Prof. Guy Midgley
Prof. Guy Midgley
Topic: What Does the IPCC Fifth Assessment Report Tell Us About Terrestrial Biodiversity?
Working as a research scientist for the South African National Biodiversity Institute since 1983 Prof. Midgley instigated climate change research includingin Chile, Australia, USA, Germany, France, Bo...
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Number of questions: [2]
Posted on 24/10/2014 11:31:59
The IPCC WG II report was launched this week - what do you think is the most important finding for biodiversity experts to be aware of?
Jaime Webbe (from Canada)
That's a really tough question, because the report is so loaded with new information - four chapters on different aspects of adaptation, for example! Biodiversity-wise we have three excellent chapters on terrestrial and inland water systems, coastal systems and low-lying areas, and ocean systems. The summary points out that some of the strongest evidence for the impacts of climate change comes from natural ecosystems, and that species range shifts attributable to climate change can be observed in all systems. The gloomy prognosis is that rates of climate change much lower than we are observing now have caused significant species extinctions and ecosystem changes in the past millions of years - this valuable finding reinforces the message from the 4th Assessment Report, and stresses how crucial it is to slow emissions as soon as possible to reduce this risk. But a more upbeat angle is that well-functioning ecosystems can be an effective element of adaptation response to climate change by human society. Climate change adaptation therefore gives us an opportunity to raise the profile of ecosystems and biodiversity, and integrate these with adaptation planning processes in strategies called "ecosystem-based adaptation", which is starting to happen in Central and South America, and some parts of Africa.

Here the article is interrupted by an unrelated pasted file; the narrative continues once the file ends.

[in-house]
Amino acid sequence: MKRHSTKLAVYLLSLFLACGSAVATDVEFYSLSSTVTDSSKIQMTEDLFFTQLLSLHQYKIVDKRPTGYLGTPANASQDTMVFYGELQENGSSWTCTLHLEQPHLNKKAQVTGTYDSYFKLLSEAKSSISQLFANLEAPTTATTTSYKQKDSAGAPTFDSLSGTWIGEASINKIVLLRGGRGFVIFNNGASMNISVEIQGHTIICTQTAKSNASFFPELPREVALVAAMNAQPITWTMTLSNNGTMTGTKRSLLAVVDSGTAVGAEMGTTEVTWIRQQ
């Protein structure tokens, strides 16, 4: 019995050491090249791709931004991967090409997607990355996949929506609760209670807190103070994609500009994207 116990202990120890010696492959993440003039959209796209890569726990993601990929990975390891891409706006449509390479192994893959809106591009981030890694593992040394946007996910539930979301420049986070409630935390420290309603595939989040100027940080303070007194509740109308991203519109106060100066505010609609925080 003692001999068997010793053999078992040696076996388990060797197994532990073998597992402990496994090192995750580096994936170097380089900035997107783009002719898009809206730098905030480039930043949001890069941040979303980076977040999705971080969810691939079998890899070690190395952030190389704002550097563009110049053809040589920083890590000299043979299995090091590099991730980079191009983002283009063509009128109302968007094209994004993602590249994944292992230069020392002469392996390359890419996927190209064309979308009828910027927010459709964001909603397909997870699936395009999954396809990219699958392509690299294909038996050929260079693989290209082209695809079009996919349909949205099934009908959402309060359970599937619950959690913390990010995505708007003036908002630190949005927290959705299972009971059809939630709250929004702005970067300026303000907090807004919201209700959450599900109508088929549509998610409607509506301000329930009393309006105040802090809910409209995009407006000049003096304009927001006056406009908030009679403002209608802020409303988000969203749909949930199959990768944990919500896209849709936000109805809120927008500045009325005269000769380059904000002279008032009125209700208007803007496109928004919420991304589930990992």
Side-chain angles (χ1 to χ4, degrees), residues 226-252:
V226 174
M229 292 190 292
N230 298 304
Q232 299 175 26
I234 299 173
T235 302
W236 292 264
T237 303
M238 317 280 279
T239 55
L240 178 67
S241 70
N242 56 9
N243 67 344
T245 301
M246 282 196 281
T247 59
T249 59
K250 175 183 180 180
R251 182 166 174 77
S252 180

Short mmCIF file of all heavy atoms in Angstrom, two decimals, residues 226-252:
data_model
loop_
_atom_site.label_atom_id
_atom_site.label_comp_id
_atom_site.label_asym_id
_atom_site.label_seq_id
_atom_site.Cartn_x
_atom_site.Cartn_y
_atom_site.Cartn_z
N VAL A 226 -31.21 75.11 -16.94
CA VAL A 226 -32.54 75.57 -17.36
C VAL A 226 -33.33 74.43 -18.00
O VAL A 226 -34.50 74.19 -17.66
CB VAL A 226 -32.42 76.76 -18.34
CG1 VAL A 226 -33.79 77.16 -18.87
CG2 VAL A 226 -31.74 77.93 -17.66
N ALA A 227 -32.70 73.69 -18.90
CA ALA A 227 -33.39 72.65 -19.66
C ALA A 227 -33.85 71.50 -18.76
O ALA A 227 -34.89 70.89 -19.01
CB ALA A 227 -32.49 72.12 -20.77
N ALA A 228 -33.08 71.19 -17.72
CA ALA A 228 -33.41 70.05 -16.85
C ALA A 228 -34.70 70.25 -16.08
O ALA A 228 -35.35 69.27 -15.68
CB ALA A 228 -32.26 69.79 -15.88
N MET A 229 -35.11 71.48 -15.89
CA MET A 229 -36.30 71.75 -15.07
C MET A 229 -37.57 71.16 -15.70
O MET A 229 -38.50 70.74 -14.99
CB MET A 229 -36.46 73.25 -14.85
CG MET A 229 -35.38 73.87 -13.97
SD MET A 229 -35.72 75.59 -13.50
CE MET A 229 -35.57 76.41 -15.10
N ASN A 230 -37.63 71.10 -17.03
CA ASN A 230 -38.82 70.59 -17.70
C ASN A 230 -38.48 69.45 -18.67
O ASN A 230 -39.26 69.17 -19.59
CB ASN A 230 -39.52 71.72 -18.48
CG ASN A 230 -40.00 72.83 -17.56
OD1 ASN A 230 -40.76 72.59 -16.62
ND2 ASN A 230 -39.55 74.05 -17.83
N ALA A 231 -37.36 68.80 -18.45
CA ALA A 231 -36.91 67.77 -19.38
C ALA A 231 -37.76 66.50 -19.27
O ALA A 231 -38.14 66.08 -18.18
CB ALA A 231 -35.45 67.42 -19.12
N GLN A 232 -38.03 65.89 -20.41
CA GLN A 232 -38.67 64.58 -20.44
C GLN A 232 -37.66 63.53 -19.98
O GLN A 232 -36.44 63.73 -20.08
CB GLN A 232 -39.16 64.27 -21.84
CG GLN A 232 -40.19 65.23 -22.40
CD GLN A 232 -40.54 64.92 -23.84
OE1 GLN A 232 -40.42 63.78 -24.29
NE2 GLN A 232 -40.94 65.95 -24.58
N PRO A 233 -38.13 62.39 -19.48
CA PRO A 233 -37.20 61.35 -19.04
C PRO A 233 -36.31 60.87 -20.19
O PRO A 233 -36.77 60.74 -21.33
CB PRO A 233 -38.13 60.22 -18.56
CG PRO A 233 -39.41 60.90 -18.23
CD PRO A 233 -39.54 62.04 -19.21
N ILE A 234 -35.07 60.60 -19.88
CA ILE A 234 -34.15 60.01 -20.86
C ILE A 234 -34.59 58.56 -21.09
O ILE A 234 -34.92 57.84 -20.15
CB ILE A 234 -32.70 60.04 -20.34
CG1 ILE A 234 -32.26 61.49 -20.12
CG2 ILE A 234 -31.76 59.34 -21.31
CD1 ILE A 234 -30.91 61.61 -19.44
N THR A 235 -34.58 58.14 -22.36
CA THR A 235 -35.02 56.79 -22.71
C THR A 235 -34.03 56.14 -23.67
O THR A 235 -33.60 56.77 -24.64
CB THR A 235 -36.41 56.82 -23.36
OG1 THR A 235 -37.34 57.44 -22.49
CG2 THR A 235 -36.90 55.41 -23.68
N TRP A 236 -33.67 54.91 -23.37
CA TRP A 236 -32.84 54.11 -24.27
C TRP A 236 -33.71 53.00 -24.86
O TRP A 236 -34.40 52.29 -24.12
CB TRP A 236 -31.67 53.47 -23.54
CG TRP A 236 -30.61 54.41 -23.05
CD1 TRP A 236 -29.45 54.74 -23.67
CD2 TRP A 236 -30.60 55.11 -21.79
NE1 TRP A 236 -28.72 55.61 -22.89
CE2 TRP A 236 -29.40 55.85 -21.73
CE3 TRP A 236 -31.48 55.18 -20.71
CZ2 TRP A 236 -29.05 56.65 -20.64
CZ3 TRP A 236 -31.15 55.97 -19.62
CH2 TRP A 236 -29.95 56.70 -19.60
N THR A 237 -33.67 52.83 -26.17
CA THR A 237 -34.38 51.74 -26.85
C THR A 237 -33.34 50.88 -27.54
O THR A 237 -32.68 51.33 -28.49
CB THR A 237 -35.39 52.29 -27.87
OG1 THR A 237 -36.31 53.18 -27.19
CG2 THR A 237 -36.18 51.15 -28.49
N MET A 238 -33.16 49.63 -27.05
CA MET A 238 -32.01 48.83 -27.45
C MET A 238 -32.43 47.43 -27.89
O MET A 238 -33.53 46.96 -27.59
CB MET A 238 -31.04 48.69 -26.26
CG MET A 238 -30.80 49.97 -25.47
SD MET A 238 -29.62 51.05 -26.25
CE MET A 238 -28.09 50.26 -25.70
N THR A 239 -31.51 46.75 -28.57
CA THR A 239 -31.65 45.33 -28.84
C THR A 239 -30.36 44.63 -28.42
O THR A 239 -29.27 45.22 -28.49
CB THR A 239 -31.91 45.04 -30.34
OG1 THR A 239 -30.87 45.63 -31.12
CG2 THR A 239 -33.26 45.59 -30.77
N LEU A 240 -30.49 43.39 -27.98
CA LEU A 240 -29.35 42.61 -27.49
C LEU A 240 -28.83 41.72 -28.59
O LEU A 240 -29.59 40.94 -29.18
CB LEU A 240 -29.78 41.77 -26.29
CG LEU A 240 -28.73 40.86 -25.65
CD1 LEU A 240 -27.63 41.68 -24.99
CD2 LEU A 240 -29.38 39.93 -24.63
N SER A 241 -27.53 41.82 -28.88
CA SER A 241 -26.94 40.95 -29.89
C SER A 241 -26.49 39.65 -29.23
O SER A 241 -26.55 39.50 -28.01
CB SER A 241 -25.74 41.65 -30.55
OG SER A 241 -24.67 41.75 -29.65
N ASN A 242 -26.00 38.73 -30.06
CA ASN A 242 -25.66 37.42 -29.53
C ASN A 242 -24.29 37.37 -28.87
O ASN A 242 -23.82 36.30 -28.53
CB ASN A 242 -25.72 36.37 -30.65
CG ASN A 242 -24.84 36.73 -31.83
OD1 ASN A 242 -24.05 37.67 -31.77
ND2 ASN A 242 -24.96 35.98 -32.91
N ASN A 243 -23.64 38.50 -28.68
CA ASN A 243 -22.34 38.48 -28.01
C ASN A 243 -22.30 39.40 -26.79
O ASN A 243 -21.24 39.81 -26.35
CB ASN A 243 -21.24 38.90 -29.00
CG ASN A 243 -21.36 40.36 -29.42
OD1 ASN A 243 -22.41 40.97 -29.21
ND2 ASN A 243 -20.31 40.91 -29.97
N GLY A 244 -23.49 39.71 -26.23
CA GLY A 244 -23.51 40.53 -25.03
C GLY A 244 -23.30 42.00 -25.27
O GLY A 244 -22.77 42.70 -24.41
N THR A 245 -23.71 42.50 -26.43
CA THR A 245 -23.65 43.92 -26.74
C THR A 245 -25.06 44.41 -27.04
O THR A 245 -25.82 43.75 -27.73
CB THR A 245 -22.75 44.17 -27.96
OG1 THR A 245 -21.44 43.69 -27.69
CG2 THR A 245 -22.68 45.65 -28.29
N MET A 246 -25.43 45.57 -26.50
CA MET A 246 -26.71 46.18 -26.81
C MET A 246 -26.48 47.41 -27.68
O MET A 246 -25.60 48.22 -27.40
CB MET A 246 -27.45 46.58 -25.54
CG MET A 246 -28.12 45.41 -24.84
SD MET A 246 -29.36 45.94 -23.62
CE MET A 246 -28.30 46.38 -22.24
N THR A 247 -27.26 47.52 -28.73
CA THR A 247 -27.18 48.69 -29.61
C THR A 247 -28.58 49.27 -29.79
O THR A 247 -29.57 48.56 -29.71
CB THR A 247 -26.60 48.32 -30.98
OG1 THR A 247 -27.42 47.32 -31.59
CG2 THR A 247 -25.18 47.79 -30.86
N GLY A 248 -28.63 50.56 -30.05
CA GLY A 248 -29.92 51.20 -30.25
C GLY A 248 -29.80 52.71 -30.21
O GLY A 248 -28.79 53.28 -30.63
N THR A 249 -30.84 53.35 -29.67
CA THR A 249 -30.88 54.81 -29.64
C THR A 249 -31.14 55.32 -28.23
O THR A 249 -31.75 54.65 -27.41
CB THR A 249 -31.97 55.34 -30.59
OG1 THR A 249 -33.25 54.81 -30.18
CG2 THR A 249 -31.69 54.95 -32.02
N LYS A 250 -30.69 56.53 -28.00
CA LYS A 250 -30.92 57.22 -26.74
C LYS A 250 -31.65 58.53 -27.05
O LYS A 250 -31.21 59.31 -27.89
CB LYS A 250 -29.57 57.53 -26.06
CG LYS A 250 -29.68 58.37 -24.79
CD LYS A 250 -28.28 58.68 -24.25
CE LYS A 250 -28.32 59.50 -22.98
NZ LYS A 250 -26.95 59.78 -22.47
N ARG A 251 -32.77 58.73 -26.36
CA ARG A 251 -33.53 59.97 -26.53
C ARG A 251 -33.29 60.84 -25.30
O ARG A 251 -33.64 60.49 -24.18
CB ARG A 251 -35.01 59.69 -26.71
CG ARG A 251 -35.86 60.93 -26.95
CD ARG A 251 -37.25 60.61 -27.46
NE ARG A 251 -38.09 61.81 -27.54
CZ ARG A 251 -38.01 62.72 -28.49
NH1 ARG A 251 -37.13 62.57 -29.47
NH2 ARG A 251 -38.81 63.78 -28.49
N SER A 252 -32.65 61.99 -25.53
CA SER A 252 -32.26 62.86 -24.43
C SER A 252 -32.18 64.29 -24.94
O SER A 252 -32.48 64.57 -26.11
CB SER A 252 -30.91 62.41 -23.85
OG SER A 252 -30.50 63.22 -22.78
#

Posted on 24/10/2014 08:22:53
What are the likely effects of climate change on the fynbos biome, and when?
Ralph Pina (from South Africa)
Great question, thanks for asking it. The Fynbos Biome is an incredibly species-rich corner of the world, situated in the Mediterranean-climate region in south-western South Africa. This Biome is a shrubland that is packed full of plant species with rather small geographic ranges, and is subject to a natural wildfire regime with a return interval of roughly between 5 and 20 years. It is believed that one reason for this very high species richness is the legacy of a relatively stable temperate climate with reliable winter rainfall that has been in place for several million years. Climate models suggest that there is an increasing risk with further global warming that the frontal systems that bring winter rain to this region could be shifted southwards, leading to a reduction in the reliability of this rainfall regime. When this is combined with projected warmer temperatures, simple models of species ranges suggest that the region would face a significantly increasing risk of extinction under such a scenario, by the 2050's and possibly earlier. As always, there are significant uncertainties that could strongly influence such an outcome, and the role of climate change in influencing the fire regime is an important one that needs more work. The region has also long been subject to adverse ecological effects of invasive alien woody plants, and more recently some grasses, and their success and the resulting effects could also interact strongly with climate change.